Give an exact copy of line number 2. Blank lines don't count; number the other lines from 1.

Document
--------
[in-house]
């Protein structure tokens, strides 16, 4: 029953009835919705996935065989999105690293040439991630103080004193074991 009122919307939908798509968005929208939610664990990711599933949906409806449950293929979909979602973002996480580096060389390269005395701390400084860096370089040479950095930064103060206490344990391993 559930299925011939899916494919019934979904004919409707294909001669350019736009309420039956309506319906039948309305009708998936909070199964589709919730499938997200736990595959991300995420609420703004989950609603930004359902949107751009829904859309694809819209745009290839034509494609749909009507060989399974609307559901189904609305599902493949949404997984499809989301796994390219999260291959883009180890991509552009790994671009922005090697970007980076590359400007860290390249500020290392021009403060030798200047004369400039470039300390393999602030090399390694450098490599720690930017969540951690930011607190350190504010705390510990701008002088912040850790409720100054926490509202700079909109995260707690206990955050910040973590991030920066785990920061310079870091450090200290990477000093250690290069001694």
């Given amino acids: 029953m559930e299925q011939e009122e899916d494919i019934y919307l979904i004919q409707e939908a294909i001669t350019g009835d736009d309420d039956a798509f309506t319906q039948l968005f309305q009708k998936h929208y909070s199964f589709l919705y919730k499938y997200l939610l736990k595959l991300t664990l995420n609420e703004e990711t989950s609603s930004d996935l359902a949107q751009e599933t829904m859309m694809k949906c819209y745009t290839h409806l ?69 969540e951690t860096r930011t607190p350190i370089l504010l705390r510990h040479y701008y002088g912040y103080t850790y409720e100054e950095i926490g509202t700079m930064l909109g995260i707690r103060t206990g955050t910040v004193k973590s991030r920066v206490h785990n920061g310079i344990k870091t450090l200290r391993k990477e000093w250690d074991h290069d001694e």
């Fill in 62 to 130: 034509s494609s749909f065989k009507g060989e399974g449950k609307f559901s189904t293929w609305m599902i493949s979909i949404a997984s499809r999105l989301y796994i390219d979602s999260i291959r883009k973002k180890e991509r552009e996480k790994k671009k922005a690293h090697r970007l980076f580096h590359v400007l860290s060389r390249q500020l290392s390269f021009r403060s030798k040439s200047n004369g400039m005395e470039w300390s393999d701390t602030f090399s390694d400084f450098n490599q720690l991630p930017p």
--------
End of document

């Protein structure tokens, strides 16, 4: 029953009835919705996935065989999105690293040439991630103080004193074991 009122919307939908798509968005929208939610664990990711599933949906409806449950293929979909979602973002996480580096060389390269005395701390400084860096370089040479950095930064103060206490344990391993 559930299925011939899916494919019934979904004919409707294909001669350019736009309420039956309506319906039948309305009708998936909070199964589709919730499938997200736990595959991300995420609420703004989950609603930004359902949107751009829904859309694809819209745009290839034509494609749909009507060989399974609307559901189904609305599902493949949404997984499809989301796994390219999260291959883009180890991509552009790994671009922005090697970007980076590359400007860290390249500020290392021009403060030798200047004369400039470039300390393999602030090399390694450098490599720690930017969540951690930011607190350190504010705390510990701008002088912040850790409720100054926490509202700079909109995260707690206990955050910040973590991030920066785990920061310079870091450090200290990477000093250690290069001694």